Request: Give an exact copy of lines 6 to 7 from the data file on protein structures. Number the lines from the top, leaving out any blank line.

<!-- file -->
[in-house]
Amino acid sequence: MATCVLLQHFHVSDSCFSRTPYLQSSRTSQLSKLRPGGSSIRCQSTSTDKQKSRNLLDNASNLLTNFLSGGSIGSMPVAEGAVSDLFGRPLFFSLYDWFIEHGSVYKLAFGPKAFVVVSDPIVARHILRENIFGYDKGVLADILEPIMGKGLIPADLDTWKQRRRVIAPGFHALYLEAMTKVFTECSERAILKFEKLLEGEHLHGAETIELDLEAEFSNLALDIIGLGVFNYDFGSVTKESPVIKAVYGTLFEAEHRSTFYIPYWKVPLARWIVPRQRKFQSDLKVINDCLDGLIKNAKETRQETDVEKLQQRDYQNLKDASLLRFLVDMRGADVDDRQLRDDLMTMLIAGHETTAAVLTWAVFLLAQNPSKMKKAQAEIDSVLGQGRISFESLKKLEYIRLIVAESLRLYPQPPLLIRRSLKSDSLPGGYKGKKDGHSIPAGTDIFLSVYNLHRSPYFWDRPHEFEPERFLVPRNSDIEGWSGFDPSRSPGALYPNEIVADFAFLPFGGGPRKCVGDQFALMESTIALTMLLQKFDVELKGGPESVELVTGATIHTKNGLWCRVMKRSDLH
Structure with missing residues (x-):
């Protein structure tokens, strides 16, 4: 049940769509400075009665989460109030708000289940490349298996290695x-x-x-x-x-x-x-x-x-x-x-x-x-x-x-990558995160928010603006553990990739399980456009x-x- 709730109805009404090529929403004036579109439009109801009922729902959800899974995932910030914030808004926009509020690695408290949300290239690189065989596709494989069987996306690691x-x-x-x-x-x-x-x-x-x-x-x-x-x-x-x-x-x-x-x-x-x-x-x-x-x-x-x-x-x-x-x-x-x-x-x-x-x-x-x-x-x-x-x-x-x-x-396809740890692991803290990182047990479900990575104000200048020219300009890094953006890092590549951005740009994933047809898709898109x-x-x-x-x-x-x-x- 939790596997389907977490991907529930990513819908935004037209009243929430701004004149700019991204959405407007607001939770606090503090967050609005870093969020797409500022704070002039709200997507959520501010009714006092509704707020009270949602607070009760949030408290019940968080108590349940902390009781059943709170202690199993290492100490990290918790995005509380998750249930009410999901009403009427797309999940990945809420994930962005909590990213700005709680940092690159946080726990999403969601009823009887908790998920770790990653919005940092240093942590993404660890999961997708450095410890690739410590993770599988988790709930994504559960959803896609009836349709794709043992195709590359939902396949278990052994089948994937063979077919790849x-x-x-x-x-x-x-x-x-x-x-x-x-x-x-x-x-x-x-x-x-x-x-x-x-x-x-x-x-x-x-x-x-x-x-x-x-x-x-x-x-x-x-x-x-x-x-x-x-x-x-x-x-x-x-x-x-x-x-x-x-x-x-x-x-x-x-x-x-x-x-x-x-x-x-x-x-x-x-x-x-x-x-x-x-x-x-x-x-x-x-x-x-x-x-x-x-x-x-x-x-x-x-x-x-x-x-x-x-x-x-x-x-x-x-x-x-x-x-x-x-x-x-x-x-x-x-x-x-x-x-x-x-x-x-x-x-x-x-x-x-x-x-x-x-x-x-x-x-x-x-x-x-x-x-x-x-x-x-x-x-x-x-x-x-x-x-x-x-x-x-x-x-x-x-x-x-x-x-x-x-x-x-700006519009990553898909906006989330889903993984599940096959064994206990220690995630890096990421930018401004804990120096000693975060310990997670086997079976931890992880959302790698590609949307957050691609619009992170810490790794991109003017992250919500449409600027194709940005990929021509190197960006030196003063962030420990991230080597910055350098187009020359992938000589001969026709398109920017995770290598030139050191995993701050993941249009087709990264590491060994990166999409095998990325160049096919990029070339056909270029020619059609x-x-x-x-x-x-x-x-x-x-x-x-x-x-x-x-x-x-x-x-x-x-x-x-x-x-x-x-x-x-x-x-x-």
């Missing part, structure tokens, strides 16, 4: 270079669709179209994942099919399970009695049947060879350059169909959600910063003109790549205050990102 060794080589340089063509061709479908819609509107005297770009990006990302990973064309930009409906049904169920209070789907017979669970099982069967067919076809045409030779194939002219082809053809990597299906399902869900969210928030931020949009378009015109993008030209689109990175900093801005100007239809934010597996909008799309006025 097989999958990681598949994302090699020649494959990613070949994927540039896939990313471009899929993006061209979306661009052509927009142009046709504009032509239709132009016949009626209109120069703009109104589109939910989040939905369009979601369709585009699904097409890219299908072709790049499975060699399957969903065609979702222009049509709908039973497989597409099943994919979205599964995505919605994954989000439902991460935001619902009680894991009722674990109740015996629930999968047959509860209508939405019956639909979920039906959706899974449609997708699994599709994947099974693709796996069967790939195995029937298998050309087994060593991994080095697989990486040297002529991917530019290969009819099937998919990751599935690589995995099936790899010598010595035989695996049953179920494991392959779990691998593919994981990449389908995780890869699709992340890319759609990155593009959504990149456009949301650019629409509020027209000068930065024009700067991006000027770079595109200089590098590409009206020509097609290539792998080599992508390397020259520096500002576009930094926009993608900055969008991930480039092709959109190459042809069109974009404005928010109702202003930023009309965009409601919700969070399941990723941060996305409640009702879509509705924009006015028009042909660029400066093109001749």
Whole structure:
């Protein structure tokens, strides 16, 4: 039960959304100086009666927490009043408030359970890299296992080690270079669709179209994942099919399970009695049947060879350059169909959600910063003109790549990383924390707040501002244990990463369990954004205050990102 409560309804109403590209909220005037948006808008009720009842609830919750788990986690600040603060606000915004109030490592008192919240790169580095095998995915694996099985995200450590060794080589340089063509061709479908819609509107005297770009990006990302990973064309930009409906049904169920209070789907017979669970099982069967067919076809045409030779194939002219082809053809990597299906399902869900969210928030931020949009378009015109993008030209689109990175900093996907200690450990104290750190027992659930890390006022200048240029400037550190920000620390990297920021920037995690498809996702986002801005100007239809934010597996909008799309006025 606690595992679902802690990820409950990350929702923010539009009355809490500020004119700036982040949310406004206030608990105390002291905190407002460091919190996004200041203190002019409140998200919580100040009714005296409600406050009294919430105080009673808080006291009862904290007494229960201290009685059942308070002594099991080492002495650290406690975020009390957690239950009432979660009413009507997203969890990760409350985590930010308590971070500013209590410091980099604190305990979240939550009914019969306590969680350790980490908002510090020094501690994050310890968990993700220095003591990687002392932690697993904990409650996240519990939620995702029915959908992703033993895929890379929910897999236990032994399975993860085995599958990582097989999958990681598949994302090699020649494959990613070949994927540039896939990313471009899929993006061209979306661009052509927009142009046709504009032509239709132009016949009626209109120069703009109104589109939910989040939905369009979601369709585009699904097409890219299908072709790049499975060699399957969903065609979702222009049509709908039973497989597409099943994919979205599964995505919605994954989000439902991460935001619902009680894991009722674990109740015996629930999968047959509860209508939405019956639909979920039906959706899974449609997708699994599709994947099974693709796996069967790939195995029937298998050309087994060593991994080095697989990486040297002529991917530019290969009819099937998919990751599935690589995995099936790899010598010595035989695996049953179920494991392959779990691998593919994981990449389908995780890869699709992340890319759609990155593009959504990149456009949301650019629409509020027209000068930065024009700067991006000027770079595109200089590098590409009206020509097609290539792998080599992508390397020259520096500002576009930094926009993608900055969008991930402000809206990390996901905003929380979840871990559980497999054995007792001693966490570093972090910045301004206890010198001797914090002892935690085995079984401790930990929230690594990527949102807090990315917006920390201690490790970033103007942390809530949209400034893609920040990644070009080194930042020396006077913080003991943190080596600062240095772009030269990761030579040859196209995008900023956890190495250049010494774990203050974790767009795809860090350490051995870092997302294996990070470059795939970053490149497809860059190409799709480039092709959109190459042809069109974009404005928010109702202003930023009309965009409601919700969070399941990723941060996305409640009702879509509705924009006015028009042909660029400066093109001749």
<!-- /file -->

Whole structure:
């Protein structure tokens, strides 16, 4: 039960959304100086009666927490009043408030359970890299296992080690270079669709179209994942099919399970009695049947060879350059169909959600910063003109790549990383924390707040501002244990990463369990954004205050990102 409560309804109403590209909220005037948006808008009720009842609830919750788990986690600040603060606000915004109030490592008192919240790169580095095998995915694996099985995200450590060794080589340089063509061709479908819609509107005297770009990006990302990973064309930009409906049904169920209070789907017979669970099982069967067919076809045409030779194939002219082809053809990597299906399902869900969210928030931020949009378009015109993008030209689109990175900093996907200690450990104290750190027992659930890390006022200048240029400037550190920000620390990297920021920037995690498809996702986002801005100007239809934010597996909008799309006025 606690595992679902802690990820409950990350929702923010539009009355809490500020004119700036982040949310406004206030608990105390002291905190407002460091919190996004200041203190002019409140998200919580100040009714005296409600406050009294919430105080009673808080006291009862904290007494229960201290009685059942308070002594099991080492002495650290406690975020009390957690239950009432979660009413009507997203969890990760409350985590930010308590971070500013209590410091980099604190305990979240939550009914019969306590969680350790980490908002510090020094501690994050310890968990993700220095003591990687002392932690697993904990409650996240519990939620995702029915959908992703033993895929890379929910897999236990032994399975993860085995599958990582097989999958990681598949994302090699020649494959990613070949994927540039896939990313471009899929993006061209979306661009052509927009142009046709504009032509239709132009016949009626209109120069703009109104589109939910989040939905369009979601369709585009699904097409890219299908072709790049499975060699399957969903065609979702222009049509709908039973497989597409099943994919979205599964995505919605994954989000439902991460935001619902009680894991009722674990109740015996629930999968047959509860209508939405019956639909979920039906959706899974449609997708699994599709994947099974693709796996069967790939195995029937298998050309087994060593991994080095697989990486040297002529991917530019290969009819099937998919990751599935690589995995099936790899010598010595035989695996049953179920494991392959779990691998593919994981990449389908995780890869699709992340890319759609990155593009959504990149456009949301650019629409509020027209000068930065024009700067991006000027770079595109200089590098590409009206020509097609290539792998080599992508390397020259520096500002576009930094926009993608900055969008991930402000809206990390996901905003929380979840871990559980497999054995007792001693966490570093972090910045301004206890010198001797914090002892935690085995079984401790930990929230690594990527949102807090990315917006920390201690490790970033103007942390809530949209400034893609920040990644070009080194930042020396006077913080003991943190080596600062240095772009030269990761030579040859196209995008900023956890190495250049010494774990203050974790767009795809860090350490051995870092997302294996990070470059795939970053490149497809860059190409799709480039092709959109190459042809069109974009404005928010109702202003930023009309965009409601919700969070399941990723941060996305409640009702879509509705924009006015028009042909660029400066093109001749």